DETROIT -- Their own team is atop the NHL standings and riding a League-record 20-game home winning streak, but Detroit captain Nicklas Lidstrom and coach Mike Babcock have noticed what's happening in the Windy City.
The Chicago Blackhawks have gone winless in eight straight games (0-7-1). In that span they've fallen from the top spot in the Western Conference -- and top of the League at one point -- all the way to sixth in the West and fourth in the Central Division.
That slide has rumors about the status of Hawks coach Joel Quenneville swirling, but Chicago GM Stan Bowman told Comcast SportsNet Chicago on Monday that Quenneville's job is safe and he's the guy going forward.
In Detroit on Monday, Lidstrom and Babcock each said it was alarming to learn Quenneville's job status even was in question
"I haven't even thought about that," Lidstrom said. "I would be surprised (if he was fired)."
Babcock was even more resolute. Asked if he'd be stunned to see Chicago remove Quenneville as coach because of the current winless skid, the Red Wings coach emphatically responded: "Absolutely … 100 percent."
The Red Wings also are fully expecting their rivals to the West to pull out of their current funk at some point and make a strong push up the Western Conference standings again. Lidstrom and Babcock both said Chicago is far too talented and well-coached to let the current losing trend take it out of the Stanley Cup Playoff picture.
"Let's not get carried away," Babcock said. "Joel Quenneville's the coach. They've got real good players. Things aren't going the way they wanted right now. They're still a very dangerous team. A few weeks ago, everyone thought Chicago was going to win the West. I mean, I wouldn't get in a big panic."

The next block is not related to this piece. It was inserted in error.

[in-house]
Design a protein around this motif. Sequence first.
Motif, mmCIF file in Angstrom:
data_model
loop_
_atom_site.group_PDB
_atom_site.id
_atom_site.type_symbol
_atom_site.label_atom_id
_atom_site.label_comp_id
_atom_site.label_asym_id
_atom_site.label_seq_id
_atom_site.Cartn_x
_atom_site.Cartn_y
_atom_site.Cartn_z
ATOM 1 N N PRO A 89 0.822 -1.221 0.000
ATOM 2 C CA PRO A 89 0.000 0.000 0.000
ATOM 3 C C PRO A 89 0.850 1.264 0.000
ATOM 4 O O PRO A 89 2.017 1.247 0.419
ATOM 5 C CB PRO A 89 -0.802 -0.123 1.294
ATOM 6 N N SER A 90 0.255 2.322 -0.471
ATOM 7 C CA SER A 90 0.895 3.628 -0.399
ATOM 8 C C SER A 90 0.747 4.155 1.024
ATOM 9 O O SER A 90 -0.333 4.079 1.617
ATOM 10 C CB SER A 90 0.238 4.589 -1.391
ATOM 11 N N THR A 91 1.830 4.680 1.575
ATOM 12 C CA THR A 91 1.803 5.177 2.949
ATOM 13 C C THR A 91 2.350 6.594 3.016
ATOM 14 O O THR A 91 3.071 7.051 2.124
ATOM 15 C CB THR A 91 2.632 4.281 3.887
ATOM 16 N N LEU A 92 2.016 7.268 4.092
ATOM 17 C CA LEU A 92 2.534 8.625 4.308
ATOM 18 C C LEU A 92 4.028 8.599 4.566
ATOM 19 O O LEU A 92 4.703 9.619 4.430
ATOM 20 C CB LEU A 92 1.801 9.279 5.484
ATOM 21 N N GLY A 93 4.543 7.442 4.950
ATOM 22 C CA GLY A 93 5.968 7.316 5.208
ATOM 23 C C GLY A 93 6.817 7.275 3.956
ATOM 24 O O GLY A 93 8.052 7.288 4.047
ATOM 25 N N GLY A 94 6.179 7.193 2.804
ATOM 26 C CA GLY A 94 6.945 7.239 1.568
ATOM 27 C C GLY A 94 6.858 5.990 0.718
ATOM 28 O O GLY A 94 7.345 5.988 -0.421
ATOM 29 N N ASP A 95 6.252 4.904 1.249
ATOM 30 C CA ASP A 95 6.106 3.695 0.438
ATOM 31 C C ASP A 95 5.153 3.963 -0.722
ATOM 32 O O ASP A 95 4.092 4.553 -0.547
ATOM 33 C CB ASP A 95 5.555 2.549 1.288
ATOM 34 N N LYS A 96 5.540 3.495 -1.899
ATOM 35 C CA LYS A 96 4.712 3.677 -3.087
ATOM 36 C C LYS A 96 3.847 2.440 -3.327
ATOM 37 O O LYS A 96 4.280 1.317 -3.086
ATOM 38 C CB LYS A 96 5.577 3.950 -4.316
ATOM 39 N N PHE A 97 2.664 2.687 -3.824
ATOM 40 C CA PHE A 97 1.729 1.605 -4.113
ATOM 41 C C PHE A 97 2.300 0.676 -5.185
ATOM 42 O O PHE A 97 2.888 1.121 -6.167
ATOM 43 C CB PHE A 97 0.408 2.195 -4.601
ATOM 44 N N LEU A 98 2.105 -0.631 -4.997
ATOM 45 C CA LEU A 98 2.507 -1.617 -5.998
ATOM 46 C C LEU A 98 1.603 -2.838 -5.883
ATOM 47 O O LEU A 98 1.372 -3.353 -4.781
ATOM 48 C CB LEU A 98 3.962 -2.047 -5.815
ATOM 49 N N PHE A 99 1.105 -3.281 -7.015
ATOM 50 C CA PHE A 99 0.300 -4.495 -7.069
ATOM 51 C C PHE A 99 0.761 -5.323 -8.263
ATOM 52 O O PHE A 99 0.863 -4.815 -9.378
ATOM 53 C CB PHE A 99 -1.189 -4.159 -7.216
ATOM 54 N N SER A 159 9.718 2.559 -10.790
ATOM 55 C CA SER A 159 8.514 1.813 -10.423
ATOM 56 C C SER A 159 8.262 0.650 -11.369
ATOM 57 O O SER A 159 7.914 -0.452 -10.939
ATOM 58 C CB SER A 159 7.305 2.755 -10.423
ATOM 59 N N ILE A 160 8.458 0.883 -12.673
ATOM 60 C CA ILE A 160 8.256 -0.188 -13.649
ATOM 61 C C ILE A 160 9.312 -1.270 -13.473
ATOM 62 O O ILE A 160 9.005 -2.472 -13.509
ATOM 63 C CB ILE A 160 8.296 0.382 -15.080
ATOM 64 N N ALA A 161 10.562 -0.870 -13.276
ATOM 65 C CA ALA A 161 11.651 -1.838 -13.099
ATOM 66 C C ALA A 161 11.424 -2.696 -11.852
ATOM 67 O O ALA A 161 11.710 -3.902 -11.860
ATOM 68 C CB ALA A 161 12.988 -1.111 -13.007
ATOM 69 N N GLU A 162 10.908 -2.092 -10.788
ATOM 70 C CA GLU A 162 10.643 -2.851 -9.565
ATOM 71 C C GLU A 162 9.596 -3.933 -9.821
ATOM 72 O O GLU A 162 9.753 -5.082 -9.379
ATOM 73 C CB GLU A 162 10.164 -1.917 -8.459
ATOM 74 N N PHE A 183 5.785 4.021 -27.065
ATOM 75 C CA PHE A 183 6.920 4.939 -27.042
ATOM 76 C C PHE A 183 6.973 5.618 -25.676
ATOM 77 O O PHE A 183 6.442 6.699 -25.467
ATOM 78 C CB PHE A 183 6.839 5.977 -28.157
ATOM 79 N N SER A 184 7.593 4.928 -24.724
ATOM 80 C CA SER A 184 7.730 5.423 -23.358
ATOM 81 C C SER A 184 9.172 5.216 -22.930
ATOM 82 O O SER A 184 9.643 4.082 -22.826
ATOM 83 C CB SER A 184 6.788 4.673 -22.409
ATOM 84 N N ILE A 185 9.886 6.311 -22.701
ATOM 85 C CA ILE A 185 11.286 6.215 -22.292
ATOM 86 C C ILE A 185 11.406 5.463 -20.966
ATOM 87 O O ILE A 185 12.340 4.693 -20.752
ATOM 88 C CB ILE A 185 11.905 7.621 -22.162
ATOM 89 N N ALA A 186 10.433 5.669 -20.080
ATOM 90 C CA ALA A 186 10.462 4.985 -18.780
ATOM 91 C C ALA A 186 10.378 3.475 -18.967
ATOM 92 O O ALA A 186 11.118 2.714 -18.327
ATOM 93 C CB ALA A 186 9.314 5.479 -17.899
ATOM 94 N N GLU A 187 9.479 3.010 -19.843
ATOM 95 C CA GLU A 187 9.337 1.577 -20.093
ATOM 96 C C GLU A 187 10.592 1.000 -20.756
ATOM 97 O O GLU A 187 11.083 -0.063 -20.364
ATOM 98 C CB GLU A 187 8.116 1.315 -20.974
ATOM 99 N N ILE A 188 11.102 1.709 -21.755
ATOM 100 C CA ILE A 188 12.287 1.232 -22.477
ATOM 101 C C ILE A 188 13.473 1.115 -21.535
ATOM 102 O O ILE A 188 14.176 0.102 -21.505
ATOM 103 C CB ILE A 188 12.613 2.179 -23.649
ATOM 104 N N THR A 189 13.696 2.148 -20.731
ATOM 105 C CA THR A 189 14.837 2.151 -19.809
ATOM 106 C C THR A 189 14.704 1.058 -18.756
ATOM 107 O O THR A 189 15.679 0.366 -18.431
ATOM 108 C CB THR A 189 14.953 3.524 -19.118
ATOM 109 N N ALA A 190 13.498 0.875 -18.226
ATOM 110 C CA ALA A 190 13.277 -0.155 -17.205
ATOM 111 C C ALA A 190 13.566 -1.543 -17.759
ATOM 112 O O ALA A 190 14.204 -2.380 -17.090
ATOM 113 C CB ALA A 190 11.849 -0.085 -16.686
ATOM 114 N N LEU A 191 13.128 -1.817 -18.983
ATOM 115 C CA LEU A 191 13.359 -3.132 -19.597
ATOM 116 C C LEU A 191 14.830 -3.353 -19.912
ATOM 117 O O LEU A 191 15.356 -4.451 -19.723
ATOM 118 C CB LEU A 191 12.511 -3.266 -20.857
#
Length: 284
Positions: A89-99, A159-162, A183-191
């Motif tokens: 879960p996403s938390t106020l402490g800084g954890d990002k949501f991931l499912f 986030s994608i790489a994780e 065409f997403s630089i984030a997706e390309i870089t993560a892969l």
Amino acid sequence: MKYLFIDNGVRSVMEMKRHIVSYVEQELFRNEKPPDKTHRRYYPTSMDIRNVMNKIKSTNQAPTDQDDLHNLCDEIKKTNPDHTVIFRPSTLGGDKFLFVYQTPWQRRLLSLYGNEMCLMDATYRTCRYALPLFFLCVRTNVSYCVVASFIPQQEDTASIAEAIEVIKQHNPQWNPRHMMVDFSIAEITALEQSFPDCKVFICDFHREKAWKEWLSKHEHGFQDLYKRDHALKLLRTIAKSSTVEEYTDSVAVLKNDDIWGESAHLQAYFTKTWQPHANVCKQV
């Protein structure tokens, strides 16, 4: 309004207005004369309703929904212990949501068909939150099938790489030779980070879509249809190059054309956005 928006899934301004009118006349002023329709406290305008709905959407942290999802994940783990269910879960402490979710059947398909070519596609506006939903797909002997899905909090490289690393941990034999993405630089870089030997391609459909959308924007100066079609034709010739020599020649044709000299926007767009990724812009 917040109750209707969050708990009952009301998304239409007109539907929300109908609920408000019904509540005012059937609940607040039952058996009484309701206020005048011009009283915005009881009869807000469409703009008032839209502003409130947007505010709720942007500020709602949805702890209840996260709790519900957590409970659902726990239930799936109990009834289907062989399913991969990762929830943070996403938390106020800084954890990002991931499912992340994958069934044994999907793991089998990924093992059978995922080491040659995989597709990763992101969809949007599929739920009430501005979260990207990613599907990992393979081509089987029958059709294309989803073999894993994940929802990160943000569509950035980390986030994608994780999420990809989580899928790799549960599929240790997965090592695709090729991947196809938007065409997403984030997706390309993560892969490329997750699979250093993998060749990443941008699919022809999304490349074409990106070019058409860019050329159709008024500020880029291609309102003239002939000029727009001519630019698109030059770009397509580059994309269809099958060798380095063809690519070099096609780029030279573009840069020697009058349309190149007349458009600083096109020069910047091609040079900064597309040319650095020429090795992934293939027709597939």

Only, he would -- sort of.
"Now, if I was them I would be in a panic because that's what you do when you're the coach there … not in a panic, but it'd be urgency," Babcock said. "And I'm sure Joel's feeling that right now. You'd rather it was them than you, but a little adversity never killed anybody. It's just how you respond to it."
Lidstrom and his teammates know exactly what it's like to respond from it, because back in October they went on a six-game winless skid of their own that had people wondering if Detroit's 20-season playoff string was in jeopardy.
"You're going to have your ups and downs in a season and you've just got to fight your way through it and get out of it," Lidstrom said. "They're a team with a lot of skill and a lot of skilled players, so I’m sure they’ll find a way to get out of it. They could turn it around and start winning (a lot of) games, too. I think they have that good of a team to be able to do that. They have the players, the material, to get up and play real well."
Lidstrom also said these are the times when Chicago's core group of stars -- all of whom helped lead them to the 2010 Stanley Cup -- needs to draw from that memorable run to a League championship.
"I think that helps them, knowing what it takes to win and knowing what they did when they were winning and when they were playing well," Lidstrom said. "We've been on those losing streaks, too. You have to find a way out of it. That's the bottom line."